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This is a read-only archived version of wiki.centos.org

The CentOS DevCloud is an IaaS instance setup and run within the CentOS Infra team as a resource for CentOS developers, SIGs, and contributors to run development and testing instances.

DevCloud may not be used to run public services, or anything that needs a reasonable SLA - it should itself be considered a dev environment.

Howto get an account

File a request at http://bugs.centos.org, against project Buildsys and category Dev Infrastructure. Make sure you include your full real name, the login name you would like and your ssh pubkey. If you already have an account on koji, please also add a link to the issue report you used to ask for the cbs access. Please also mention your SIG membership and approval to get Devcloud resources.

Once the request is processed, we will create a user account on the following jump host (see http://wiki.centos.org/TipsAndTricks/SshTips/JumpHost) : jump.lon1.centos.org. You will then be able to login to this jump host and run commands to create instances, destroy instances etc.

You get a real IPv6 address with all instances, the IPv4 address is private space (172.x.x.x ) and works via a NAT to the internet. If you need inbound port access, you can request that via bugs.centos.org as well ( project: Buildsys, category: Dev Infrastructure ).

General Usage

1. Instance Map

We have CentOS-5, 6 and 7 available; you can also request your own images to be included ( and shared with other users )

Instance Name

Instance Type

CPU Cores


Disk space







2 GB

8 GB







8 GB







8 GB

8 GB




The DevCloud currently runs off 4 physical machines, we hope to add another 4 to the cluster in the near future . So please be considerate about resources.

2. Creating an Instance

You can create a new instance by running :

onetemplate instantiate c7.small

You need to get the instance name from the table above.

To see a list of your instances, and their present state:

onevm list

And to get details about a specific instance ( you need to get id from the list command above ) :

onevm show <id>

3. Connecting to an Instance

Once the VM is deployed, you can ssh (as root user) to the IP shown by onevm show <id> . Don't forget though to connect to the jump host with ForwardAgent for this to work. It's worth knowing that there is a default internal hostname assigned on each new VM, based on the IP assigned to the VM. For example, if your IP (returned by onevm show <id> | |grep "ETH0_IP" ) is, your hostname (known in the internal DNS, and so by the jump host) will be dev-32-60.lon1.centos.org (following the dev-$subnet-$ip.lon1.centos.org naming convention)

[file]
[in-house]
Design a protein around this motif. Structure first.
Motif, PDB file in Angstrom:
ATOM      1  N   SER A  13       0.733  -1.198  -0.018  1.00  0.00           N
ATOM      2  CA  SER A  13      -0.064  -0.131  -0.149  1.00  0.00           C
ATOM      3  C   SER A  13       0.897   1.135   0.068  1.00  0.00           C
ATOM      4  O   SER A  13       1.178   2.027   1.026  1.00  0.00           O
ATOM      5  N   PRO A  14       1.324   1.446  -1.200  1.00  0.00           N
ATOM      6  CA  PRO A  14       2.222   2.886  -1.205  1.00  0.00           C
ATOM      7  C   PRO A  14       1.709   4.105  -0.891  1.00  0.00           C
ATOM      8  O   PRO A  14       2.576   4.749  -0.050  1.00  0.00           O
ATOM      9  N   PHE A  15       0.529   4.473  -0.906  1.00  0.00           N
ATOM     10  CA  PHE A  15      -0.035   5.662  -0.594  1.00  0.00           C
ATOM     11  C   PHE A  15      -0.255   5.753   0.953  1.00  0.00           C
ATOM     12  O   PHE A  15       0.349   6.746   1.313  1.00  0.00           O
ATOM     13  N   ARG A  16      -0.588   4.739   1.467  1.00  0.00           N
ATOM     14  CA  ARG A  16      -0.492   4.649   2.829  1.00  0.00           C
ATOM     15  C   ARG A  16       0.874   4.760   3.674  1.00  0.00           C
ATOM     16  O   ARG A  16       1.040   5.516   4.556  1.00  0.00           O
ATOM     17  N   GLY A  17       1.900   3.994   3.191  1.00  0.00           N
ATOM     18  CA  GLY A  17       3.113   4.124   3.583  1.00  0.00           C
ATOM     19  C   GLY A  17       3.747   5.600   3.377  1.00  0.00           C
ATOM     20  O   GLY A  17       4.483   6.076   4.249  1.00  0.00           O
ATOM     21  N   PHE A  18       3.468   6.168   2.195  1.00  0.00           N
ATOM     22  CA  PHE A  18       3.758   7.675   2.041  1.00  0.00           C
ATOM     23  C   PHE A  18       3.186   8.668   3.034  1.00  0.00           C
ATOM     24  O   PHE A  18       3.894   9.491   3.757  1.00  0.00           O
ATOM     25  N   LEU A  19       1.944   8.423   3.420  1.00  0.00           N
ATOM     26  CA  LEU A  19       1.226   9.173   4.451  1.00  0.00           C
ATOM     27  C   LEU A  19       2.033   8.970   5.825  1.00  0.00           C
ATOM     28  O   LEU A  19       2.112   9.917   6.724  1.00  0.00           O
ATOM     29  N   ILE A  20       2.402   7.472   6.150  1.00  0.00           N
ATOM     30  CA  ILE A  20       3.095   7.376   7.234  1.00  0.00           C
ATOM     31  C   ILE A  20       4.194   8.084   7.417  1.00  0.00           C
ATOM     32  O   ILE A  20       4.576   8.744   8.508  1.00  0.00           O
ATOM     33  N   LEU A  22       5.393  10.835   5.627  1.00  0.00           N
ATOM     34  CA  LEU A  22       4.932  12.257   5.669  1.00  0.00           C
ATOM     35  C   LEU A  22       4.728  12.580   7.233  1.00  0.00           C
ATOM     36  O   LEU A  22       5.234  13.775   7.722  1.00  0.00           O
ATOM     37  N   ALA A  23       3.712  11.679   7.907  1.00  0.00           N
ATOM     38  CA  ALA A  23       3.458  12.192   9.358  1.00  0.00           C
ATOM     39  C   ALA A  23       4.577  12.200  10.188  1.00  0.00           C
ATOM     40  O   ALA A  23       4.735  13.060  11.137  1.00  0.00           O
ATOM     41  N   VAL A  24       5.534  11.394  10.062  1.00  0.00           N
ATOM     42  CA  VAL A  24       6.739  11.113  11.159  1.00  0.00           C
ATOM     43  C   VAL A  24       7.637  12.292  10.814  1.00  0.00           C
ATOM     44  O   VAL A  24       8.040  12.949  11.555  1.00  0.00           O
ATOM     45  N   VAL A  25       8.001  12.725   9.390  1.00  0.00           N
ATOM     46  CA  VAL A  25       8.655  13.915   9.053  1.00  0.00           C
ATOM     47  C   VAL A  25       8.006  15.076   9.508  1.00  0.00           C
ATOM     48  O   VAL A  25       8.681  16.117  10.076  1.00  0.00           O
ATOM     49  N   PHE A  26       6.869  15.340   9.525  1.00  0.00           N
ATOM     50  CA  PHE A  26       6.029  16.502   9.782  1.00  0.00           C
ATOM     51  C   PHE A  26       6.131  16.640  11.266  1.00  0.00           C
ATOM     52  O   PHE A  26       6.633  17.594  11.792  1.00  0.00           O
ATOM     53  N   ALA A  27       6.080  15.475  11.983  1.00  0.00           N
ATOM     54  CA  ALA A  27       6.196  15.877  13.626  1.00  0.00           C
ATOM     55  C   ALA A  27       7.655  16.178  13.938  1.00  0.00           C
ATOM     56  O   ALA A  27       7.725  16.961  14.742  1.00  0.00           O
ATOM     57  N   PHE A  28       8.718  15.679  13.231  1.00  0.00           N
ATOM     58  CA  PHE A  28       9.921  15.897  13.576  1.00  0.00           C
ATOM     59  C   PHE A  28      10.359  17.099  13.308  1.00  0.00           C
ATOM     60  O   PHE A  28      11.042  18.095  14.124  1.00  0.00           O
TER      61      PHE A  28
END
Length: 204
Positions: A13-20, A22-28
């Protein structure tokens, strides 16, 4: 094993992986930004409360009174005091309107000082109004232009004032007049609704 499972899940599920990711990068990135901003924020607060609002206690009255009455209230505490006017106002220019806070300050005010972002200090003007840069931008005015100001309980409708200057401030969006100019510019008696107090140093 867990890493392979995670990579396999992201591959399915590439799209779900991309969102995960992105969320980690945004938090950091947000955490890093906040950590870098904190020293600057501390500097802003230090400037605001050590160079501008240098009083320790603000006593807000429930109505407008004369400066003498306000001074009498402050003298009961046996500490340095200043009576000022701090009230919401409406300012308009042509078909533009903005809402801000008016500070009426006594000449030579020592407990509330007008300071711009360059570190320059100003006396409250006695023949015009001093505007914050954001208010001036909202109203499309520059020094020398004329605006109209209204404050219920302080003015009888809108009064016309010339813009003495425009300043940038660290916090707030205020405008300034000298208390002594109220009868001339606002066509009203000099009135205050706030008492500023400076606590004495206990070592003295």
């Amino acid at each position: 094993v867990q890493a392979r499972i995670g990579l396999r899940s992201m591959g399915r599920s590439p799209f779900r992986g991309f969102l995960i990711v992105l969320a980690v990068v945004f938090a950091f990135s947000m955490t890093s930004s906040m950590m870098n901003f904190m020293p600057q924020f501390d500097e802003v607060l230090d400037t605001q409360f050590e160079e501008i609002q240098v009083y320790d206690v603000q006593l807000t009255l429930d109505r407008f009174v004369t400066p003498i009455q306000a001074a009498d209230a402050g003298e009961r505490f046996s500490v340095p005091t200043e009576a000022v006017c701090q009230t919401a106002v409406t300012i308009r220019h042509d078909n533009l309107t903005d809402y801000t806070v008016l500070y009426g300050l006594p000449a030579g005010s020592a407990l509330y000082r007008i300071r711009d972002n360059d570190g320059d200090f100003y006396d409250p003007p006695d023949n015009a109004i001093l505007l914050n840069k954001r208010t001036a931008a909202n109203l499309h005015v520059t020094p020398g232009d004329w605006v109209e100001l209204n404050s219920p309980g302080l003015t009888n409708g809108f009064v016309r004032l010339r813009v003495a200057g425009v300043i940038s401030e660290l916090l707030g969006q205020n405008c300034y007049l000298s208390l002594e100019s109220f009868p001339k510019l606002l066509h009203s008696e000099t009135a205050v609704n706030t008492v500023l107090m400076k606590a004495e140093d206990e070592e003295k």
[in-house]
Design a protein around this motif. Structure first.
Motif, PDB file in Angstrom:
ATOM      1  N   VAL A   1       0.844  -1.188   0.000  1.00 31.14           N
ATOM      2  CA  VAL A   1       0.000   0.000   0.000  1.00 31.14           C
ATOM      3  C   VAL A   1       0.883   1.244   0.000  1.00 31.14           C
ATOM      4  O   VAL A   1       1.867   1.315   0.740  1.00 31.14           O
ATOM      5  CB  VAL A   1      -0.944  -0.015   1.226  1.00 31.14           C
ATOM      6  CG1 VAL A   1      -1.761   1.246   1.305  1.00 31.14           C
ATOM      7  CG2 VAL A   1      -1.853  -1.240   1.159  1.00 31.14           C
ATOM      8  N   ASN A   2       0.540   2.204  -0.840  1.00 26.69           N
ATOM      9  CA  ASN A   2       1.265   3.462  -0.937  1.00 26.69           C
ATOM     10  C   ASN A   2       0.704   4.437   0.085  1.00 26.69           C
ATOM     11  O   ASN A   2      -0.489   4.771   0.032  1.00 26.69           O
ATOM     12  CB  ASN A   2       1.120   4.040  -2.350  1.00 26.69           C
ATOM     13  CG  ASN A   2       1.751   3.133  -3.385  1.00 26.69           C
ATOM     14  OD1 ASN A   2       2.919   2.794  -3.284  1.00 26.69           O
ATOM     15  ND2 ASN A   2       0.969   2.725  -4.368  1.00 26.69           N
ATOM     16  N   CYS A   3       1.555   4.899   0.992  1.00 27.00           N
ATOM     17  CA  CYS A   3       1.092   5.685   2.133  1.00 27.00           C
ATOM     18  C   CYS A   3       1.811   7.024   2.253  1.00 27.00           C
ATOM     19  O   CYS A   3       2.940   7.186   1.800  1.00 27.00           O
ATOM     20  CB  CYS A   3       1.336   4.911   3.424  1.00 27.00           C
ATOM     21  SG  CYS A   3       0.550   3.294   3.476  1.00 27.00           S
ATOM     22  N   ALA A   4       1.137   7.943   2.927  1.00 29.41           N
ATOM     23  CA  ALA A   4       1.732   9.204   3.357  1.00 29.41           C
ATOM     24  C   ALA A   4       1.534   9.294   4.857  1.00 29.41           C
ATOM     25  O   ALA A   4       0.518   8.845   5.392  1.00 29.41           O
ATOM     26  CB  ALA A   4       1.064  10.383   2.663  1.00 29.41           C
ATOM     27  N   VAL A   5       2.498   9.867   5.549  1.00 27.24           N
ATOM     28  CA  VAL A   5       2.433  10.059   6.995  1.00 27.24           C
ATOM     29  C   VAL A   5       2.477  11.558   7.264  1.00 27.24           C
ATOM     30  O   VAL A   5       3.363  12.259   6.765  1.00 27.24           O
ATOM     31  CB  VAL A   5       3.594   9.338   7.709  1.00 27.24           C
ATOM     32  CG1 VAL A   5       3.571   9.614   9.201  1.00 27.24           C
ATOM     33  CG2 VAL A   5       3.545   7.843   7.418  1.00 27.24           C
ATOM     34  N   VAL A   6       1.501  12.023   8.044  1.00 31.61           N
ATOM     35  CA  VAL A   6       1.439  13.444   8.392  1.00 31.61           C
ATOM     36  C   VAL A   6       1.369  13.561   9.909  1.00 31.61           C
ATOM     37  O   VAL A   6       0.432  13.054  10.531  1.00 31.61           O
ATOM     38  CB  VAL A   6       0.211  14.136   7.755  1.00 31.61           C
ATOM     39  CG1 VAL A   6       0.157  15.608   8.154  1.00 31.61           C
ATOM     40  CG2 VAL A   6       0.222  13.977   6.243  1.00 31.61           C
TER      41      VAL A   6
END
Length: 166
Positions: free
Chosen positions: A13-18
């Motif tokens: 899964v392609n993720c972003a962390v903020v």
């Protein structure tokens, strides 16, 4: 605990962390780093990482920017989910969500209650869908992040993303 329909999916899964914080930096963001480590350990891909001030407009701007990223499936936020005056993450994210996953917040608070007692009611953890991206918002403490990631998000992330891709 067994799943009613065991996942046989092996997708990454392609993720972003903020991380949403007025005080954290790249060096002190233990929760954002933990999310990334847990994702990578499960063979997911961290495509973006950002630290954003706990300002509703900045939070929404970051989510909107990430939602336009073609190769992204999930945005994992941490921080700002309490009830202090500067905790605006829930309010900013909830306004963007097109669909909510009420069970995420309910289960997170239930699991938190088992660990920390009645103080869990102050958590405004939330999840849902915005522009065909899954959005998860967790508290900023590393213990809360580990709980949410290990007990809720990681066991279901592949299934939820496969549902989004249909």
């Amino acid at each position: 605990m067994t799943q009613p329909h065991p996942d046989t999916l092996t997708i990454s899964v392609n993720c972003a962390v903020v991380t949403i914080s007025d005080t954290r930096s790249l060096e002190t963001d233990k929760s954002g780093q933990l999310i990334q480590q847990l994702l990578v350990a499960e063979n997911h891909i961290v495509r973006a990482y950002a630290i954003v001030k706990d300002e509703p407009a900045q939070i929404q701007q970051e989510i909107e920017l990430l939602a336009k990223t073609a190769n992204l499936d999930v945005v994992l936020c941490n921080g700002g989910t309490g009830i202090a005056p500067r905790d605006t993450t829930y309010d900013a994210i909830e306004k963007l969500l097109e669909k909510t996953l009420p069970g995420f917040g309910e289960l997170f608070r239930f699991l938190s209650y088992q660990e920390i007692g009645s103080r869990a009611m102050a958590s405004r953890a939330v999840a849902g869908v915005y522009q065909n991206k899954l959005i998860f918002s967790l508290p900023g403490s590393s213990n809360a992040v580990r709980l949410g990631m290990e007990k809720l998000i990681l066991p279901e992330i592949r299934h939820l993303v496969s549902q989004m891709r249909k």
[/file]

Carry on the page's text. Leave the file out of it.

4. Reseting/Rebooting an Instance

You can reboot your VM when you want from the VM itself, but if your VM doesn't seem to answer anymore, or that you can't connect to it (and that you suspect that the VM is frozen), you can reboot it like that :

onevm poweroff --hard <id>

Verify that the node is then in state poff (and not runn or shut) :

onevm list|grep <id>

When powered off (state poff) you can start it again :

onevm resume <id>

5. Destroying an Instance

You can terminate an instance with :

onevm shutdown <id>

Note that this will completely destroy the instance, and remove all backing disks - there is no way to recover from this.

6. Getting Help

You can ask for help on the centos-devel list ( http://lists.centos.org/ ) or in #centos-devel irc channel.

Advanced Usage

1. Changing Templates

You can copy the template files into your home directory, and make edits to the contents. Typically this would be to request more ram or more cpu cores for your instances, or to change the ssh key to be injected etc. Note that you would then also need to keep up with the templates as they are updated in the system - although we will try to not remove backing image files, there might be times when we need to do that.

You can get a list of all instance templates with :

onetemplate list

And dump one specific one to file :

onetemplate show <template id> > ~/filename

At this point you can edit the file and then create further instances from there with :

onevm create /path/to/filename

2. Importing your own Image

3. Requesting Backup of contents

4. Requesting monitoring

5. Adding persistent storage

You can create you own disk by using something like this :

oneimage create --name mydisk.0 --size 40G --type datablock --datastore 1

Note that the datastore 1 is important, its where the backing cloud infra stores user disk images. You can also make the image persistent with :

oneimage persistent <imageid>

Once the image is created you can attach it to a running VM like this :

onevm disk-attach <id> --image mydisk.0

2023-09-11 07:19